This man is so typical of how people view God.  Rather than viewing God properly, the man views God, not as the Master of his life and of all creation, but as a cosmic bellhop, who should go fetch his slippers so that he can be more comfortable.  He sees God as responsible for getting him what he wants, which is typically security in this world.  To this, Jesus responds, essentially, “who do you think I am?”  This is the grand question I need to answer, and one thing that needs to be very clear is that God is NOT there to spoil me in this lifetime, because this lifetime will only end in death.  Rather, God knows what I really need, which are the things of God that last forever.  But even more than that, God, though he certainly does promise to be there for me, is not merely there FOR me.  He is the owner of my life, the Lord over all that I am and have, and my question cannot be, “Lord, what can you give me?” but “Lord, what may I give you?”  He is, in fact, Lord.

“What shall I do?… “This is what I’ll do.”

  • This man bounces his ideas off of himself.  He is his own reference.   When it comes to how I should live my life, the best reference is the one who designed life in the beginning.  My prayer ought be like the psalmist’s like in Psalm 25 “Show me your ways, O Lord, teach me your paths; guide me in your truth and teach me, for you are God my Savior…”  To even start with heeding this parable of Jesus, to “Watch out!” and “Be on [my] guard against all kinds of greed,” and recognize that my “life does not consist in the abundance of [my] possessions” is where I can start.  God is teaching me to not heed the advice of the rest of the world which insists that accumulations of wealth is the way to live, but to rather be rich towards God.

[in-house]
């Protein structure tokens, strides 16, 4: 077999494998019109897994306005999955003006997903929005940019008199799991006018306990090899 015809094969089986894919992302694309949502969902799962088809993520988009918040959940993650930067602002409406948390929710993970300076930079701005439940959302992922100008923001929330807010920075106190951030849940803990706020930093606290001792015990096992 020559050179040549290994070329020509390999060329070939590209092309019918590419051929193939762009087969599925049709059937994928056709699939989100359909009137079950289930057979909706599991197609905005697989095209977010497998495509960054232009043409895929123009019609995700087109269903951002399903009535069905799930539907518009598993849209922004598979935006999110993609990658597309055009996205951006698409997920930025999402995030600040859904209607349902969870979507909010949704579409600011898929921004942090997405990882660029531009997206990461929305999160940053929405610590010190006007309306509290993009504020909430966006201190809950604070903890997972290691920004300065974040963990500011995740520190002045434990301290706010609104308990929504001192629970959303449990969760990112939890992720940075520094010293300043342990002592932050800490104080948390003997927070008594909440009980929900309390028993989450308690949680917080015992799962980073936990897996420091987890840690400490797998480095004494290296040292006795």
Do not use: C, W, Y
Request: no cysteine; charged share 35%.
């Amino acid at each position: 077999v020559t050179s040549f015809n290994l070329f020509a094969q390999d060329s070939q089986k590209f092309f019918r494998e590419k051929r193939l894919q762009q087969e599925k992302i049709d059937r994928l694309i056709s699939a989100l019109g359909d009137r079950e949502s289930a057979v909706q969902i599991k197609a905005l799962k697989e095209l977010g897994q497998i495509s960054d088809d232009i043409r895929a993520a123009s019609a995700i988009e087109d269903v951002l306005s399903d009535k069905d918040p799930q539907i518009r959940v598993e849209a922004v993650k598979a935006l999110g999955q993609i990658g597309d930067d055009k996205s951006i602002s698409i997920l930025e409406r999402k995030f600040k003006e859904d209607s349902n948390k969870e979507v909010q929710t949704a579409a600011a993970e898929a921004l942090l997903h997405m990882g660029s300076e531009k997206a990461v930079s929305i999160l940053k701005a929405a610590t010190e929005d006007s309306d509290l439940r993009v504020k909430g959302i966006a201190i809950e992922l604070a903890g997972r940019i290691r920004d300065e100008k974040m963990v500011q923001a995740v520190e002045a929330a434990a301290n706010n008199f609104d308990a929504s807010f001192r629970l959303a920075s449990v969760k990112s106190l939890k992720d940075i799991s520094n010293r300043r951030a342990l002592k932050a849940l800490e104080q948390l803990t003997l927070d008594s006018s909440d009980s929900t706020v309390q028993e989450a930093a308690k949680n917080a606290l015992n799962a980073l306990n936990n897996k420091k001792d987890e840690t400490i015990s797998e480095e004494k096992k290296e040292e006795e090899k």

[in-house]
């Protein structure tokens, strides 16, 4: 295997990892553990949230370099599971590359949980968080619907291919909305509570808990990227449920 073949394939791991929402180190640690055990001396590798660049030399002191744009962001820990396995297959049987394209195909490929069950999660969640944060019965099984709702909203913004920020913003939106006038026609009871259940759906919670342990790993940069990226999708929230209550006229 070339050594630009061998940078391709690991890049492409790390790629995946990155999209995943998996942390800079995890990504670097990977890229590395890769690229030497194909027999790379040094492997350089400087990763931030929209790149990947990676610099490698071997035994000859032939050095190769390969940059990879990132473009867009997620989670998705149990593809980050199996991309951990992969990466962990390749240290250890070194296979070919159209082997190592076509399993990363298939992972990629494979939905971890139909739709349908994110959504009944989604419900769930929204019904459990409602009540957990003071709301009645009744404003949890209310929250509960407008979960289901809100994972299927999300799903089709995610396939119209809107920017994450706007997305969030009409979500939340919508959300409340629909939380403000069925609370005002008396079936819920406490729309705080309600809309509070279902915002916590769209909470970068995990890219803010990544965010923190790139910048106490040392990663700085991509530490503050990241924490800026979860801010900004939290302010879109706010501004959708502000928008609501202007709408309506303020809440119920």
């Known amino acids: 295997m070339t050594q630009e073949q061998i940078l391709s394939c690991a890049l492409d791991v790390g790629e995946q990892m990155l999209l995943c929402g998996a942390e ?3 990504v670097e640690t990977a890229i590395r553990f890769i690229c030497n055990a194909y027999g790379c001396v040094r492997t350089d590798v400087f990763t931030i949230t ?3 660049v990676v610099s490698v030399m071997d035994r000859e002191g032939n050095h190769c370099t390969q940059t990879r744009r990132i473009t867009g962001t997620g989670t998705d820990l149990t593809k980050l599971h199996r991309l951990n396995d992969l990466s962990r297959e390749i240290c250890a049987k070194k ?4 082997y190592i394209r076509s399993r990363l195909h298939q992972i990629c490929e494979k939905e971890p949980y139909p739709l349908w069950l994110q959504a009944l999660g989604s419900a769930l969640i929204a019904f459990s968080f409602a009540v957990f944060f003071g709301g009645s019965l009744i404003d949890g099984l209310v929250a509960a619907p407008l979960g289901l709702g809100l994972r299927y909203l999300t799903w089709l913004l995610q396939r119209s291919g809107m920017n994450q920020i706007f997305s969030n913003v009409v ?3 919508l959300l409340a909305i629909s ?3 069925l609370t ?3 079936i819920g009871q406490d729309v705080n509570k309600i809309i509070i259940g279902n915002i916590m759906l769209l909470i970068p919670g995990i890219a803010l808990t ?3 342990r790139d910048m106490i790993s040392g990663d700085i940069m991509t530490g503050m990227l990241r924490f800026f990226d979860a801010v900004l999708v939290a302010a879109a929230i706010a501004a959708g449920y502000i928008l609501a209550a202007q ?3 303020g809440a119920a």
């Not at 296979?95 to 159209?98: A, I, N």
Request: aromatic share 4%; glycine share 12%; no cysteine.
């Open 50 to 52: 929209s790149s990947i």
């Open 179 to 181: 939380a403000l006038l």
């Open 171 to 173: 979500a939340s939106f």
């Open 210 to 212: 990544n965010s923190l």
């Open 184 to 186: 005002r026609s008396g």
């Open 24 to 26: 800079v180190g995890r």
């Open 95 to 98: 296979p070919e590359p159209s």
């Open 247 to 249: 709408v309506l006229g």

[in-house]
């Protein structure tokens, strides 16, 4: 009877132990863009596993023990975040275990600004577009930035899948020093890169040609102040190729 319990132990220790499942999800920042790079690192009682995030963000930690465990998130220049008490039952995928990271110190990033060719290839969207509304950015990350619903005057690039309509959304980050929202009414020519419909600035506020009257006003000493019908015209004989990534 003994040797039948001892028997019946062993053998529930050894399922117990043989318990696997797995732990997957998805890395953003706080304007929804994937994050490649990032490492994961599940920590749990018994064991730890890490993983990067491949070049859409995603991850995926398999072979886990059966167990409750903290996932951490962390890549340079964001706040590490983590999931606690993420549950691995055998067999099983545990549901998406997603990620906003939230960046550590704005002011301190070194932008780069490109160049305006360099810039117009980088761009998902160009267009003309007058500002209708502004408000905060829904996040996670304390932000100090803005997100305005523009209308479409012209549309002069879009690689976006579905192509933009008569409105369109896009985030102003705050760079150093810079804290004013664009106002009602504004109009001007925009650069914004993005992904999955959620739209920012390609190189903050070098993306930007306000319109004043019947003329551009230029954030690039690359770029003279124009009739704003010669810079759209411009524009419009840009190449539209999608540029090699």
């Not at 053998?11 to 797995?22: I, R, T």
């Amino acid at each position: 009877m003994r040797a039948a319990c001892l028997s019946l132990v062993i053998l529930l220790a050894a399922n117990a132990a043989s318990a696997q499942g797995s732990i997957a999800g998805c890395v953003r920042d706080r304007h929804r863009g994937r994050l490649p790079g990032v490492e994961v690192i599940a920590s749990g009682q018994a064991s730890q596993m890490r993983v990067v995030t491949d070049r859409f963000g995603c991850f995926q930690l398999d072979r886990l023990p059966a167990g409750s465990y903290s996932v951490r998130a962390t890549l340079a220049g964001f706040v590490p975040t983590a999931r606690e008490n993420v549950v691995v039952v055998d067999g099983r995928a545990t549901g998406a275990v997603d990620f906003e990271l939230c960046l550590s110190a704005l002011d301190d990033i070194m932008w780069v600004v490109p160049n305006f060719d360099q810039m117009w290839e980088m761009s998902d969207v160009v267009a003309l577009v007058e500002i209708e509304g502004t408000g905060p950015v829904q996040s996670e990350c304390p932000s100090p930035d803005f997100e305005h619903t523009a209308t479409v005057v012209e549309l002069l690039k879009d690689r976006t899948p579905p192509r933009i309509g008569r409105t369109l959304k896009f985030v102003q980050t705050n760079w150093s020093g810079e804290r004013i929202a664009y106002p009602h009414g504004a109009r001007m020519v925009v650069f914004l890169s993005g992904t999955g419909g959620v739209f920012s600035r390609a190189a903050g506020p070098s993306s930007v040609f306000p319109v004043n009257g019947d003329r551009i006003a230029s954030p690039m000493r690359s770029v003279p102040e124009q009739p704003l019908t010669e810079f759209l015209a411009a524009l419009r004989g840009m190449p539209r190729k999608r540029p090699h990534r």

Bigger barns, plenty of goods, many years.

Confidence, security, judgment.

  • What are these things that the man is striving after?   He says to watch out for greed, for seeing your life as consisting of an abundance of possessions.  It’s the fact that the man had defined his life by what he owned, and placed his hope, his confidence, his security upon these things that, in the end, is a house of cards.  It doesn’t actually take too much to pull this rug out from under your feet.  That’s what makes the man utterly foolish.
  • This world sees living a life of greed as being so prudent.  I need to build a bigger home, I need to store my grain and my goods, and accumulate until I can sit back and relax, be secure with the “plenty of good things laid up for many years.”  This is what everyone wants, and hopes will afford happiness.  But this life’s pursuit is the most deceptive.  To live for an accumulation of wealth and goods quickly enslaves, as there’s always more to have.  Though you may actually have enough, you look across the street and see someone who seems more comfortable, you look across the room and see someone who seems to happily have more, and what should have been enough to satisfy ends up being too little, but you don’t realize that everyone is comparing what they’ve got to everyone else.  All it takes is looking at a child: my child could be given a cookie, which she didn’t have before, for which she could be grateful; it’s the fact that the other child has two cookies that makes her miserable.
  • What does Jesus say with regards to greed?  Watch out!  Be on your guard against it!  This is a strong warning, because greed is so deceptive.  Jesus has to spell it out for us, because we just don’t get it, or we have such a hard time believing it.  “A man’s life does not consist in the abundance of his possessions.”  But so many of us actually think that it does.  We’ve all bought into this idea that the more we have, the more secure we’ll be, and thus the merrier we’ll be.  Every single advertisement out there is out to convince us of that.